647 Coy ASC (10 Pontoon Park)
647 Coy was formed on 23 February 1916 at Catford, London under command on Capt FP Landon and designated 10 Bridging Train MT.
The Establishment was 28 FWD 3-ton lorries, 4 Vauxhall cars, 7 motorcycles, 2 workshops and 2 store lorries, 3 officers and 148 other ranks.
The time at Catford was spent training drivers and delivering supplies to various London depots. On 28 March the company moved to Grove Park where basic training continued before moving to Witley Camp on 23 April. Here a Royal Engineer Sapper Detachment joined and pontoons were drawn from Aldershot.
After training with pontoons, the company departed for Avonmouth on 4 August and arrived at Rouen on the 14th.
A few days at Rouen Rest Camp were followed by a move to Saint-Hillaire-Cottes.
Here the Unit was employed on local building projects and converting old-type Trench Mortar Bombs to up-to-date versions.
On 1 November the company joined I Corps at Ruitz.
January 1917 was spent using 4 pontoons to assist the town of Bruay which was engulfed by serious flooding.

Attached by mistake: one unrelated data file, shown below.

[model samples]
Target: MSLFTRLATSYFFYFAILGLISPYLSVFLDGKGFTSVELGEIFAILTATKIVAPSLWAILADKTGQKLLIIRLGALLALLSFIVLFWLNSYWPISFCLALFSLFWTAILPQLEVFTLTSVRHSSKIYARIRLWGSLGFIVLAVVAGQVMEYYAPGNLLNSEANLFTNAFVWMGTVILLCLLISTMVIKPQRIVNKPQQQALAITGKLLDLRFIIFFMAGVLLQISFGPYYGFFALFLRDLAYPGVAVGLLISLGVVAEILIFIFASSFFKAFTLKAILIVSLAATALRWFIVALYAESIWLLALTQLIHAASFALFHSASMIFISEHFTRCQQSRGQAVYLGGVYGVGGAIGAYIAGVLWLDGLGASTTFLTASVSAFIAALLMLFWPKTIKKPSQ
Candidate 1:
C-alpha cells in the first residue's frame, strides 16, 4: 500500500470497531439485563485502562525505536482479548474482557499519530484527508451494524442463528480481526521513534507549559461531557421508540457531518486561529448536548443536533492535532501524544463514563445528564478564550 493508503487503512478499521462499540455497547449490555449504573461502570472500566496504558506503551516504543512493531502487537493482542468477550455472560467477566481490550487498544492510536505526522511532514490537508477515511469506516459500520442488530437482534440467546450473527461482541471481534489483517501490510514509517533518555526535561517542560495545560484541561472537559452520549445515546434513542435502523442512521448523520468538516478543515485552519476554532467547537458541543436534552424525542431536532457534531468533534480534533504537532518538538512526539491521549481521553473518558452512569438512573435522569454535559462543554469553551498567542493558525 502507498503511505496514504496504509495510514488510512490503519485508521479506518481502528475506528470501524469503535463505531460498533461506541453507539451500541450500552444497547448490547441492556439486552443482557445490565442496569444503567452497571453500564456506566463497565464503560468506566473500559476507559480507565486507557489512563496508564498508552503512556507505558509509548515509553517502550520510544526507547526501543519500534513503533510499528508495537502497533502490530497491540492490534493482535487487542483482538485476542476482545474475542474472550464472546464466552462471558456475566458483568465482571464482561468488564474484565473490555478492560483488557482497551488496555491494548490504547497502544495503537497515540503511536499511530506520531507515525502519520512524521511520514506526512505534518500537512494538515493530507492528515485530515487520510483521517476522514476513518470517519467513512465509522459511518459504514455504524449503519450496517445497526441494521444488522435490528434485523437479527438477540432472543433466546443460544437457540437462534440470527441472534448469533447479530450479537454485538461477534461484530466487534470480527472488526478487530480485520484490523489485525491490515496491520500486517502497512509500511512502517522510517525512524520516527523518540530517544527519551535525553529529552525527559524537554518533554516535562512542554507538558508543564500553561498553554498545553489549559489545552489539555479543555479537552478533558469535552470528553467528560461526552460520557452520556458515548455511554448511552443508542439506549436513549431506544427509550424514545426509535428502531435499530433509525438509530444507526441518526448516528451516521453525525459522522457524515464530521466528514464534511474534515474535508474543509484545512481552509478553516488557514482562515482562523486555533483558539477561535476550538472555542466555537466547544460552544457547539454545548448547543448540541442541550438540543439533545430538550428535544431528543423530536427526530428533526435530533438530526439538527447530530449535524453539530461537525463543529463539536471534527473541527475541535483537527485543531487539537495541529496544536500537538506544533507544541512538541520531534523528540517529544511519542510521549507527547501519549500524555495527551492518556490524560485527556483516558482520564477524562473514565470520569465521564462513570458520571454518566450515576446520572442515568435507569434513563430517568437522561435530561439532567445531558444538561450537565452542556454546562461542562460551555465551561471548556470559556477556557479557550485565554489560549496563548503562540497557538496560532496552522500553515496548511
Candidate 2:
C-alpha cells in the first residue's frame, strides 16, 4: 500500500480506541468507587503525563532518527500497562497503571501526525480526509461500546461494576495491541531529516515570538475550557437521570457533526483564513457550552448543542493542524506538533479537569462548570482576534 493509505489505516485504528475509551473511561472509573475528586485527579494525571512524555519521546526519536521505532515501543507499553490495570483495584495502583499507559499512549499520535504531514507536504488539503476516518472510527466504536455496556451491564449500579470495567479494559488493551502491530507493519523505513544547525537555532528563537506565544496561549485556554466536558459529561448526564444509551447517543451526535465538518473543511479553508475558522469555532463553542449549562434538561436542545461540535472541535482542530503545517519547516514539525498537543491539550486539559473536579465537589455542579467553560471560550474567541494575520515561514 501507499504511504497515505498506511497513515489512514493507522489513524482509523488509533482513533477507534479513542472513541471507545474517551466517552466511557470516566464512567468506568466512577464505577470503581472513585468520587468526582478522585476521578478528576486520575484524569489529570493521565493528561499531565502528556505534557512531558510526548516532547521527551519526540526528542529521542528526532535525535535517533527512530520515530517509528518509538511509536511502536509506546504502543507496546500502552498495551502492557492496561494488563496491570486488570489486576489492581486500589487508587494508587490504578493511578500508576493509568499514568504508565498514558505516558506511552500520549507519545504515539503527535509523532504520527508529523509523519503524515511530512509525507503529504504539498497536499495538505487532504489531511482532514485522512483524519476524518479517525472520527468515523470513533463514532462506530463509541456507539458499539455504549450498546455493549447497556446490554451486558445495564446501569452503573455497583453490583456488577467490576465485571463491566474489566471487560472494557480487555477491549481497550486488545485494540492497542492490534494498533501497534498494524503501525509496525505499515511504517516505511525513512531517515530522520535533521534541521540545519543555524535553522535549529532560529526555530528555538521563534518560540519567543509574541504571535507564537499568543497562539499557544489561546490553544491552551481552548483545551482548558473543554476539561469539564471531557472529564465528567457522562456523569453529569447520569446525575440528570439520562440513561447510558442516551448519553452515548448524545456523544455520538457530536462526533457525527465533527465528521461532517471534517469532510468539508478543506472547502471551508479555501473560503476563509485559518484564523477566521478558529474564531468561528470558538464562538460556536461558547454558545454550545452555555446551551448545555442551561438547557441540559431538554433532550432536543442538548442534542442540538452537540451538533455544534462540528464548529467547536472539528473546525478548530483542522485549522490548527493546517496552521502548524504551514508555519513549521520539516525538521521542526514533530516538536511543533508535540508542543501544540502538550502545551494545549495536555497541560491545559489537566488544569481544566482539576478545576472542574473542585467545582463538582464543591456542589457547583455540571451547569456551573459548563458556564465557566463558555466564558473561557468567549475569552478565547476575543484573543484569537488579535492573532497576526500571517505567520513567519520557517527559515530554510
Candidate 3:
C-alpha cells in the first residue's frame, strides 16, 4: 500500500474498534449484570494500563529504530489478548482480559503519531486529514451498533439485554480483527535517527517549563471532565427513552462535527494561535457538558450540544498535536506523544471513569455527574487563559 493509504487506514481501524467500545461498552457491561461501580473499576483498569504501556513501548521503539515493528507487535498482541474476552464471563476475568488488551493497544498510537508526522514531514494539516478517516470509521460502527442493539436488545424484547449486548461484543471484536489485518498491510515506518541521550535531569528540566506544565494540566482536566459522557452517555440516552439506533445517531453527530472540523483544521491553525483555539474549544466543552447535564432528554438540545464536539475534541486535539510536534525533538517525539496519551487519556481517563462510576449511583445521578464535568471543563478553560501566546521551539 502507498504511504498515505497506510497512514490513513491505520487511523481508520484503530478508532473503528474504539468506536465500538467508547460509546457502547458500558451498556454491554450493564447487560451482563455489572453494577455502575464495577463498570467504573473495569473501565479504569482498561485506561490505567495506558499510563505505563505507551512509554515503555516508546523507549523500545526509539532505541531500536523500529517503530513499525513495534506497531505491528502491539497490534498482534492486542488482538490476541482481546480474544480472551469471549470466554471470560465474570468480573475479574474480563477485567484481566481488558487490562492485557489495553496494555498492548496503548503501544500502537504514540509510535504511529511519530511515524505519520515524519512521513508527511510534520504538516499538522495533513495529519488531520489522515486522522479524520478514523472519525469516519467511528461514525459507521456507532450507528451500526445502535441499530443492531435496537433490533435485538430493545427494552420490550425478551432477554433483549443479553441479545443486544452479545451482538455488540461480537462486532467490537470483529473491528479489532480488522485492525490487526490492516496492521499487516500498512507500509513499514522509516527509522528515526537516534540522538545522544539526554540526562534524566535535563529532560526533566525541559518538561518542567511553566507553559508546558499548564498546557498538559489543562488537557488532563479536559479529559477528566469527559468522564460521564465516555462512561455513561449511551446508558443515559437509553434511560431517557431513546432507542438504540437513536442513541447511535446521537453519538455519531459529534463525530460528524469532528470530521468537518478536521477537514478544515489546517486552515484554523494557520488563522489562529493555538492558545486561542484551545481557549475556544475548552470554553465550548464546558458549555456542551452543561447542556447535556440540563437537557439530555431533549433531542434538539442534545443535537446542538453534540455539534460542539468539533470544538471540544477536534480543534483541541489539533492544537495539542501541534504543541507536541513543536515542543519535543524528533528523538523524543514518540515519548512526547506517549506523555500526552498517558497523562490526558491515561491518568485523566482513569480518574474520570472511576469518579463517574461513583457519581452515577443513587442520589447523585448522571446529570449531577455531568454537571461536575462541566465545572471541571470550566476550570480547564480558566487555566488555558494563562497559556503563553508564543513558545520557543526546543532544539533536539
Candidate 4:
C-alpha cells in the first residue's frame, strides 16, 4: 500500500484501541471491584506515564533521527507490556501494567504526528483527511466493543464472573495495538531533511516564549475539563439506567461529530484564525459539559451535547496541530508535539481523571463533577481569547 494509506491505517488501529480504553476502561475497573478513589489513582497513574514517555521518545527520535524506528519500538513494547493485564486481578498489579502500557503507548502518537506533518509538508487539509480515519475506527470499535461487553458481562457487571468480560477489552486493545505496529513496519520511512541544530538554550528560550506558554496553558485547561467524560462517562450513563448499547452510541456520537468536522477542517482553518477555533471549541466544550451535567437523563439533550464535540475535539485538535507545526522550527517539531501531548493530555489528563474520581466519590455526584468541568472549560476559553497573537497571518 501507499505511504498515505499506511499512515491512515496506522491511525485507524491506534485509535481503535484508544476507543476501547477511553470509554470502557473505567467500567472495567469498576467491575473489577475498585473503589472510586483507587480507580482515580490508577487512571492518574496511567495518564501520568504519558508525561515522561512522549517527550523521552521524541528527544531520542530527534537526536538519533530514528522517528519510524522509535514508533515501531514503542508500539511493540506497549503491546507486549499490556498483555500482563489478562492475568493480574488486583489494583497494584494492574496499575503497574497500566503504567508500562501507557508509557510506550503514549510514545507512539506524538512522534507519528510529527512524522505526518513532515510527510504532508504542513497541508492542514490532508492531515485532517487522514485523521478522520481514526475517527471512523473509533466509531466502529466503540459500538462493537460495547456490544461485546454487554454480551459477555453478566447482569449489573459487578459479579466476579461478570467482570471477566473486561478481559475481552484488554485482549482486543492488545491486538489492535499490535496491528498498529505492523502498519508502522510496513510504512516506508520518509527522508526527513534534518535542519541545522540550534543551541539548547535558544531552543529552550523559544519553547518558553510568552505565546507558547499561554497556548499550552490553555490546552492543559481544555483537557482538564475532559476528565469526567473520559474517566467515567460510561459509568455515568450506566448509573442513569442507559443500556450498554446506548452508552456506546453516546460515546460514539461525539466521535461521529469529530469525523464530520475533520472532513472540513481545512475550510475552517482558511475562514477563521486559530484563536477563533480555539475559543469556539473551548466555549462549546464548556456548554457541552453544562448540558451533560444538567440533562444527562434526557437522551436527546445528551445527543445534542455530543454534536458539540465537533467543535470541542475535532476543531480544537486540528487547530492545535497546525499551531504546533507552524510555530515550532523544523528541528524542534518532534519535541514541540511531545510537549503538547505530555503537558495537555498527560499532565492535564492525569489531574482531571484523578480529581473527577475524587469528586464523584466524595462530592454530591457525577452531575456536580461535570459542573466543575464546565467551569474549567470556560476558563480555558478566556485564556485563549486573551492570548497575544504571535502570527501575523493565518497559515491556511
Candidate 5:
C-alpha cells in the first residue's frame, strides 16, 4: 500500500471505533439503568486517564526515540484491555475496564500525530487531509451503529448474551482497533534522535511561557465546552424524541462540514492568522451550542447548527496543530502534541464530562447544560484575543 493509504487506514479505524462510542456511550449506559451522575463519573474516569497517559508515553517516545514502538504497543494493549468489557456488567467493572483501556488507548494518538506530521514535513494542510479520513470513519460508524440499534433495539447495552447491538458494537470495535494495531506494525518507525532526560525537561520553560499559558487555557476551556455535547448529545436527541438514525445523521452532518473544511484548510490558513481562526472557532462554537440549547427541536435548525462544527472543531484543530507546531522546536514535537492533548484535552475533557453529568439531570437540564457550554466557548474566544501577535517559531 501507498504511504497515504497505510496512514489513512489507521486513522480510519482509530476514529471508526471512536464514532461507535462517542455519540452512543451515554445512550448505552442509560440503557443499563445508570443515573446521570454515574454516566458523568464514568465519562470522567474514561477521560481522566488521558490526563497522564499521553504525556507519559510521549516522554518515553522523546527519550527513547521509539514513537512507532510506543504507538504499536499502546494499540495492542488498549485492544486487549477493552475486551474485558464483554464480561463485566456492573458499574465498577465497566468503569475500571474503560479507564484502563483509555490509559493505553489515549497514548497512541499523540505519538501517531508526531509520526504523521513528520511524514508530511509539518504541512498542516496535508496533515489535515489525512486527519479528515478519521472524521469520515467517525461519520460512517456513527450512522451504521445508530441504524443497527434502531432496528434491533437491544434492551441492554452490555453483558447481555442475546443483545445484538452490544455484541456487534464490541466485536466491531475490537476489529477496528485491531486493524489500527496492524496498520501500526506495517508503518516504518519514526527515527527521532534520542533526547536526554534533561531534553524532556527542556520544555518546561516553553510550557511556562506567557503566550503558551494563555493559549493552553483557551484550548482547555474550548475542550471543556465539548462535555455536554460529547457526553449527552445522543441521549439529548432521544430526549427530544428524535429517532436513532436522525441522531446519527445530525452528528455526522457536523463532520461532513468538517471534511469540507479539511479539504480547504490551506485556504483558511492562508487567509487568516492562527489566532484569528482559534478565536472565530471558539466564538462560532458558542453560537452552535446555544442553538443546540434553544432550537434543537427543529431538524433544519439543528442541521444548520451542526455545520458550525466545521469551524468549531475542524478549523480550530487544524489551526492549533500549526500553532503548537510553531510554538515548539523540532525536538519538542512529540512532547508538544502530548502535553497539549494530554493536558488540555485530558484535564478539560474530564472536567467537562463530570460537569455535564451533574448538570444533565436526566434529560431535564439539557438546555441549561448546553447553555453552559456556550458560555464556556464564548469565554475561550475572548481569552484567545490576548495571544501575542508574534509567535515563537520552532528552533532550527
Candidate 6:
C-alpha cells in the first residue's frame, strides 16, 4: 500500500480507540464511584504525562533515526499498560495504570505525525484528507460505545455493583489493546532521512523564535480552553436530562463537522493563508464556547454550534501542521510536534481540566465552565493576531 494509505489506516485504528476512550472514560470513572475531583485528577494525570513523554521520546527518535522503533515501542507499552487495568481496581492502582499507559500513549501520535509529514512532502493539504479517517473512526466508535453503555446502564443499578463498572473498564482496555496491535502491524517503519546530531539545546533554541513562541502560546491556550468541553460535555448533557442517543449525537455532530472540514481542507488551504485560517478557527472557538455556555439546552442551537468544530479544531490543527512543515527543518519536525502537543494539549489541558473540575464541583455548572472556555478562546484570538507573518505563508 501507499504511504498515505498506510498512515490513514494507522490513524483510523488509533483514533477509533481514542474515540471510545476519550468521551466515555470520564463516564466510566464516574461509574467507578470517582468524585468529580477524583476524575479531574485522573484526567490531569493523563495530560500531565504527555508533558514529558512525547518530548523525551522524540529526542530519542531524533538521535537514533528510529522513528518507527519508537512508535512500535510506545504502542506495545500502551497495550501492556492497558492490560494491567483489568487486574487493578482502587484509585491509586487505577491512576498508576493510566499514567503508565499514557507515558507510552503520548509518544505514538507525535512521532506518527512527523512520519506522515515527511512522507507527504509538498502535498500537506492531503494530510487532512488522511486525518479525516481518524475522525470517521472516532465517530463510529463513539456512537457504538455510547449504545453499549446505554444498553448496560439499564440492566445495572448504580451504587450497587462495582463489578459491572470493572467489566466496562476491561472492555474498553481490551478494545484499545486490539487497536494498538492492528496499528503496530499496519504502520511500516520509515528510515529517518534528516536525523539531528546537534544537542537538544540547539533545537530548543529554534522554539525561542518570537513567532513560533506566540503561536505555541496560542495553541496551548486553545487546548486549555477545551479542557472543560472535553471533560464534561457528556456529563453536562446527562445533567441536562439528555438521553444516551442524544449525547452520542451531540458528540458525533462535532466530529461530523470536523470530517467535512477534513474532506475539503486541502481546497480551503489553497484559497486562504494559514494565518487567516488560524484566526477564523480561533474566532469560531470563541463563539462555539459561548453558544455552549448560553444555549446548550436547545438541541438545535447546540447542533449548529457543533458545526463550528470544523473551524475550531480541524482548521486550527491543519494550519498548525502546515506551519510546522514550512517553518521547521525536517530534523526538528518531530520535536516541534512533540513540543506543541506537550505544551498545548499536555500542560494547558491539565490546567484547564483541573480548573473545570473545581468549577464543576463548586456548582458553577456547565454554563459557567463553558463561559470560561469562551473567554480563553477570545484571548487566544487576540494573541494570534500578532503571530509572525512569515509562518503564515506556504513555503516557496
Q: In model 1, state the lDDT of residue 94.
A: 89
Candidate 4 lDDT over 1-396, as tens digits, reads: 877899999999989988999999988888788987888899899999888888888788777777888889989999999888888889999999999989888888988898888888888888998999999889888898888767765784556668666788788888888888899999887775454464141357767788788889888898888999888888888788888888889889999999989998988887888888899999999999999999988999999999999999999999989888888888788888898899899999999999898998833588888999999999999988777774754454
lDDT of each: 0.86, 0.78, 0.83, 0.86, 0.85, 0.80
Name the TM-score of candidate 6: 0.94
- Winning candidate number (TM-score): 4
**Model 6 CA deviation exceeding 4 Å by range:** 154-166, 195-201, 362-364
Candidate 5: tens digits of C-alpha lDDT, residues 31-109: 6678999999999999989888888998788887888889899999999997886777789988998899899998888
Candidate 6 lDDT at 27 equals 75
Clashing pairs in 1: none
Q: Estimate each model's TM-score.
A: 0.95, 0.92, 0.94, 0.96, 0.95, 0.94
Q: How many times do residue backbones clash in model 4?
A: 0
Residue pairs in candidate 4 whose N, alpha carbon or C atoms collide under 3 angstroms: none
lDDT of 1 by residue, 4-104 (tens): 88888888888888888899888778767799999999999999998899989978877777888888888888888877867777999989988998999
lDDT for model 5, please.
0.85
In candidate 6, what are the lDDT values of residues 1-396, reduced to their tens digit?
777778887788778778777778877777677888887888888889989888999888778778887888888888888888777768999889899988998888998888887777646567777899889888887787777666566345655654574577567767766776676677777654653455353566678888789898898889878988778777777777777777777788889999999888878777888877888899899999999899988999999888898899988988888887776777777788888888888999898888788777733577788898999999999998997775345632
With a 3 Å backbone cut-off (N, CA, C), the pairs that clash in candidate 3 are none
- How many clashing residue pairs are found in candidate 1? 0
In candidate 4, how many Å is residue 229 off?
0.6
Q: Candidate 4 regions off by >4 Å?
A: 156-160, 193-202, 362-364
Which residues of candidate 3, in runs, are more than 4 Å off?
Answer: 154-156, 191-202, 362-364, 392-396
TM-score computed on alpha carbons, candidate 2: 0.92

The Unit was then employed assisting the construction of roads and railways in the XIII and Canadian Corps Areas.
On 27 January Capt Landon handed over command to Capt TS Jackson.
In June, the pontoons with superstructures were handed over to 2 Pontoon Park and 10 Pontoon Park took over maintenance of 9 pontoon bridges on the River Lys between Houplines and Bac-Saint-Maur. The rest of the year was spent on extraneous duties and construction of huts.
The beginning of 1918 was spent providing a considerable amount of gun traction until March. From then the company was employed transporting pontoons and bridging equipment for Royal Engineer Field Companies.
From the start of the German Spring Offensive in April the work involved destroying bridges after allied troops had passed over.
The Unit was then fully occupied transporting barbed wire, pickets and hurdles and constructing GHQ defence lines and lorry standings.
From the end of August the lorries were fully employed carrying heavy bridging equipment and building bridges in front of the British advance.
This was often conducted under heavy German shellfire.
By 31 August they had advanced to Wailly where they came under the orders of the First Army Officer i/c Heavy Bridging.
During September over 30 pontoons were delivered to the CRE 11 Division.
During October the lorries advanced with the Canadian Infantry building pontoons under the cover of machine gun fire.
This action resulted in a letter from Canadian Corps that particularly praised the efforts building bridges on 27 September at Marquion when the area was subject to very heavy shellfire.
There is no record after 31 January 1919.